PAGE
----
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Evidence-Based Orthopaedics   |    
Patellar Resurfacing in Primary Total Knee ReplacementA Meta-Analysis
R.W.D. Pilling, MRCS1; E. Moulder, FRCS(Orth)2; V. Allgar, BSc(Hons), CStat, PhD3; J. Messner, MRCS(Orth)4; Z. Sun, MRCS4; A. Mohsen, FRCS(Orth), PhD2
1 Department of Orthopaedics, University Hospital of North Staffordshire, Newcastle Road, Stoke on Trent ST4 6QG, United Kingdom. E-mail address: rich_pilling@yahoo.co.uk
2 Department of Orthopaedics, Hull and East Yorkshire Hospitals NHS Trust, Hull Royal Infirmary, Analby Road, Hull HU3 2JZ, United Kingdom
3 Hull York Medical School, University of York, Heslington, York YO10 5DD, United Kingdom
4 Yorkshire and the Humber Postgraduate Deanery, University of Leeds, Willow Terrace Road, Leeds LS2 9JT, United Kingdom
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Investigation performed at Hull Royal Infirmary, Hull, United Kingdom



Disclosure: None of the authors received payments or services, either directly or indirectly (i.e., via his or her institution), from a third party in support of any aspect of this work. One or more of the authors, or his or her institution, has had a financial relationship, in the thirty-six months prior to submission of this work, with an entity in the biomedical arena that could be perceived to influence or have the potential to influence what is written in this work. No author has had any other relationships, or has engaged in any other activities, that could be perceived to influence or have the potential to influence what is written in this work. The complete Disclosures of Potential Conflicts of Interest submitted by authors are always provided with the online version of the article.

Copyright © 2012 by The Journal of Bone and Joint Surgery, Inc.
J Bone Joint Surg Am, 2012 Dec 19;94(24):2270-2278. doi: 10.2106/JBJS.K.01257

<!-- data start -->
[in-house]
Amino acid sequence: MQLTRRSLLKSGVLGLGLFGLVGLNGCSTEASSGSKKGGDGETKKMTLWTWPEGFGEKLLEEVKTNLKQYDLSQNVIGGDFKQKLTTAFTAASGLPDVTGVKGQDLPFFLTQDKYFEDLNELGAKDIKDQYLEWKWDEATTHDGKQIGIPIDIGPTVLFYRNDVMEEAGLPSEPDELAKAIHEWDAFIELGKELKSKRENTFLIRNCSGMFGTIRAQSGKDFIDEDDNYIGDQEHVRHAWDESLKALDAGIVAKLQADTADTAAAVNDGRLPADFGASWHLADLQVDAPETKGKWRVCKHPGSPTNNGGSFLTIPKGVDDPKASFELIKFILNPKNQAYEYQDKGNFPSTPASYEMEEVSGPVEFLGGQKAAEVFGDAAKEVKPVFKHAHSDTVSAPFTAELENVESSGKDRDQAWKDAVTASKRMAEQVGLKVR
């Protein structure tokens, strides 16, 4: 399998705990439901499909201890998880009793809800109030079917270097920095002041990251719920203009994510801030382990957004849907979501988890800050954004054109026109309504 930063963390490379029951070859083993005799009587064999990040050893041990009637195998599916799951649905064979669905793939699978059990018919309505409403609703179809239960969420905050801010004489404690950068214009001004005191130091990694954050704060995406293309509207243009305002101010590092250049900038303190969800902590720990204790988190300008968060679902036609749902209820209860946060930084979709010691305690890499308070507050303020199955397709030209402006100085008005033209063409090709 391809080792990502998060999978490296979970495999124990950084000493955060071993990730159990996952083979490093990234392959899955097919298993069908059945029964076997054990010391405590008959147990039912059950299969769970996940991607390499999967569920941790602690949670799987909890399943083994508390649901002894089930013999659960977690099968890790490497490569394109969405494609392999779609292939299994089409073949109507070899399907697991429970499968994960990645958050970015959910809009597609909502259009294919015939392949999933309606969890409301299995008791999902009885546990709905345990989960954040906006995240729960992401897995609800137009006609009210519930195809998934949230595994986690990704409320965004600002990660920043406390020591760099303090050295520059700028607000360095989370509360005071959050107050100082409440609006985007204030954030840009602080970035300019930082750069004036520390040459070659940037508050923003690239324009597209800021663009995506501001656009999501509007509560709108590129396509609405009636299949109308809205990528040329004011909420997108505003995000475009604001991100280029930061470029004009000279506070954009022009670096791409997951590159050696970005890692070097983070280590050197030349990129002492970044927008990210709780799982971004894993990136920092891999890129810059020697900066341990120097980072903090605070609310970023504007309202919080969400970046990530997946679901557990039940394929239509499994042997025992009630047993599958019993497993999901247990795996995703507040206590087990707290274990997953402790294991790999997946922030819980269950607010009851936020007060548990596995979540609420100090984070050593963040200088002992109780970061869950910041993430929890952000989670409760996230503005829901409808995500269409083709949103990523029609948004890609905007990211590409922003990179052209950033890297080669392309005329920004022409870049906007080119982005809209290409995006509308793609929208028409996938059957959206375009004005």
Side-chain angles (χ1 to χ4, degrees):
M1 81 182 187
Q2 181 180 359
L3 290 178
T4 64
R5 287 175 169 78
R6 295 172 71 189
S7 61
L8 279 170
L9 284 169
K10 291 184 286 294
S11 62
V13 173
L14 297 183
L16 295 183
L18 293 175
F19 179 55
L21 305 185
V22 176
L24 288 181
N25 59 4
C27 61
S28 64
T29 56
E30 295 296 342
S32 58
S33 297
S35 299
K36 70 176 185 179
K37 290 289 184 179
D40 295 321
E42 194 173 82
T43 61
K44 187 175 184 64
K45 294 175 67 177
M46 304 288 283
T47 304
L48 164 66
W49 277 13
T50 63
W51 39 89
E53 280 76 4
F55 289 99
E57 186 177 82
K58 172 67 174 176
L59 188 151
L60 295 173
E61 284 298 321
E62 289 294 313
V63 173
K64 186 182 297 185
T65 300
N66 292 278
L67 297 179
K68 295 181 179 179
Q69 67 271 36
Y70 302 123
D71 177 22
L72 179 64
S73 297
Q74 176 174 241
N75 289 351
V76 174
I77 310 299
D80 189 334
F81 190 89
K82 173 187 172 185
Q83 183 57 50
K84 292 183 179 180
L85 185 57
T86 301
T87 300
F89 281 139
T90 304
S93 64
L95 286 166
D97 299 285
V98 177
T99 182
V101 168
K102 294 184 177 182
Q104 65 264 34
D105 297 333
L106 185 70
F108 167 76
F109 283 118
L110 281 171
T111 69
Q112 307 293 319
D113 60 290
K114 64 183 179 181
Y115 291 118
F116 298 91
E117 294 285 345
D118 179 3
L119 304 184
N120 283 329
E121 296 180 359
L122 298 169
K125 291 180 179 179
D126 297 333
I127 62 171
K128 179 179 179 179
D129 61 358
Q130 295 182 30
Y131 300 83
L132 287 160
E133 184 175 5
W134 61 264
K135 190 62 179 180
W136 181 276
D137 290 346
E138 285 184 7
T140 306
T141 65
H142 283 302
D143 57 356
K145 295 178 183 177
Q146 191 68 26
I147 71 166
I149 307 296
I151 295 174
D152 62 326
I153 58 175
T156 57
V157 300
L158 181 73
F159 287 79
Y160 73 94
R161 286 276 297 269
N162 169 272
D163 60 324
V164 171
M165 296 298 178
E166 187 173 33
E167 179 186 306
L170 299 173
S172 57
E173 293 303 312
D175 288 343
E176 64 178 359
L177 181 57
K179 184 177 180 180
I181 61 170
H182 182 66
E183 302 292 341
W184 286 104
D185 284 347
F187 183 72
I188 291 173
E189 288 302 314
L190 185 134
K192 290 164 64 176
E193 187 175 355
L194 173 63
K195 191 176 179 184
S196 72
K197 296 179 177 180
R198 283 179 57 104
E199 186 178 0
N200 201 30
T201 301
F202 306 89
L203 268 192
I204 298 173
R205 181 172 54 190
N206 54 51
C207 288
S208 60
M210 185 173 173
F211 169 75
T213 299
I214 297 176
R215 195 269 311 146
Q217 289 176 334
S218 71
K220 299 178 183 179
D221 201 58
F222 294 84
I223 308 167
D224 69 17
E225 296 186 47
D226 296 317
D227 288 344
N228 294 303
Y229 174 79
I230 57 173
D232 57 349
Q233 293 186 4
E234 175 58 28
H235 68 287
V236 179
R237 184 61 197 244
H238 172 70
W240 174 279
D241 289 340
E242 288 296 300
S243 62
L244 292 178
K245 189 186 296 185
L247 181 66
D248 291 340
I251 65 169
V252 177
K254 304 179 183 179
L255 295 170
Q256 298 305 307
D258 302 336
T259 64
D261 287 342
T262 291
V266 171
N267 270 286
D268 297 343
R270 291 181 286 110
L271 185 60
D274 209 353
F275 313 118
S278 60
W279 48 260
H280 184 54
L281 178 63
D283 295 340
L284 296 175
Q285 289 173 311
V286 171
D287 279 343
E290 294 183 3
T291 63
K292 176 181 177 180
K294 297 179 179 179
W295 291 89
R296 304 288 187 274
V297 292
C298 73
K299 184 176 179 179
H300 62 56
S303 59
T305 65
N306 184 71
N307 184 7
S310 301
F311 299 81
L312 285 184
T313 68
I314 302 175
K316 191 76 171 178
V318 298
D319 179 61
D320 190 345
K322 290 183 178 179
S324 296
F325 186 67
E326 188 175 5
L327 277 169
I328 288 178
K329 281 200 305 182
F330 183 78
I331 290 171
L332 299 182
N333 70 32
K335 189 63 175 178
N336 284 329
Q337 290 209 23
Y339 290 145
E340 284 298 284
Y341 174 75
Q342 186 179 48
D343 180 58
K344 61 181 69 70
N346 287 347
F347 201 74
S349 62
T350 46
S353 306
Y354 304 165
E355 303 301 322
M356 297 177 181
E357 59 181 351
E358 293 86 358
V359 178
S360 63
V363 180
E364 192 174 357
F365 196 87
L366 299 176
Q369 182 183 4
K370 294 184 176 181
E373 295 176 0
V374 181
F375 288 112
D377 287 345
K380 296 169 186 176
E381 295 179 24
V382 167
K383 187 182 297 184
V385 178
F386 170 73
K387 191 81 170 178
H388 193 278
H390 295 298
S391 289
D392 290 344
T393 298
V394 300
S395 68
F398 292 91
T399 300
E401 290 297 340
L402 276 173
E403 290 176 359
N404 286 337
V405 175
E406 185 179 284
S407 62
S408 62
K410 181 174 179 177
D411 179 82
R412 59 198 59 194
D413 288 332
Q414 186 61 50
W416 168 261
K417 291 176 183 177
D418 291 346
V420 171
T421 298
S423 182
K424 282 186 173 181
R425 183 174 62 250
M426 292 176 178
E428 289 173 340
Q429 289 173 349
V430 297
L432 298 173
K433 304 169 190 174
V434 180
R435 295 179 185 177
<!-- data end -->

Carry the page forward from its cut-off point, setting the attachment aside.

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Abstract

Background: 

Treatment of the patella during total knee replacement is an area of continuing debate. We performed a meta-analysis of randomized controlled trials to address the hypothesis that patellar resurfacing in primary total knee replacement improved patient outcome.

Methods: 

Randomized controlled trials comparing patellar resurfacing with nonresurfacing in primary total knee replacement were included. The primary outcomes analyzed were knee scores, anterior knee pain, and patient satisfaction. We also investigated the prevalence of complications, revision surgery related specifically to the patellofemoral joint, the infection rate, operative time, and radiographic appearance.

Results: 

Sixteen randomized controlled trials assessing 3465 knee replacements were eligible; 1710 procedures included patellar resurfacing and 1755 did not. The knee component of the Knee Society Score was significantly higher in the resurfacing group (p = 0.005); however, no significant difference was observed for the function component of the Knee Society Score or for any other reported knee score. Anterior knee pain was reported in 13% of resurfaced knees and in 24% of nonresurfaced knees; this difference was not significant (p = 0.1). Patients were satisfied with the outcome after 485 (90%) of 539 procedures that included patellar resurfacing compared with 488 (89%) of 548 that did not; this difference was not significant. There were ninety-three reported patellofemoral complications in the resurfacing group and 205 in the nonresurfacing group; this difference was significant (p = 0.02) in a random-effect model. The rate of reoperation because of anterior knee pain (p < 0.00001) and the rate of reoperation because of any patellofemoral complication (p = 0.002) were significantly higher in the nonresurfaced group. No differences were found in the analyses of infection rate, operative time, or radiographic appearance.

Conclusions: 

Patients who underwent patellar resurfacing experienced anterior knee pain and satisfaction with the arthroplasty procedure that were equivalent to those experienced by patients whose patella was not resurfaced; however, these patients underwent significantly fewer additional surgical procedures. Further long-term follow-up of modern prostheses in randomized studies measuring outcome with a patella-specific score is needed.

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    These activities have been planned and implemented in accordance with the Essential Areas and policies of the Accreditation Council for Continuing Medical Education (ACCME) through the joint sponsorship of the American Academy of Orthopaedic Surgeons and The Journal of Bone and Joint Surgery, Inc. The American Academy of Orthopaedic Surgeons is accredited by the ACCME to provide continuing medical education for physicians.
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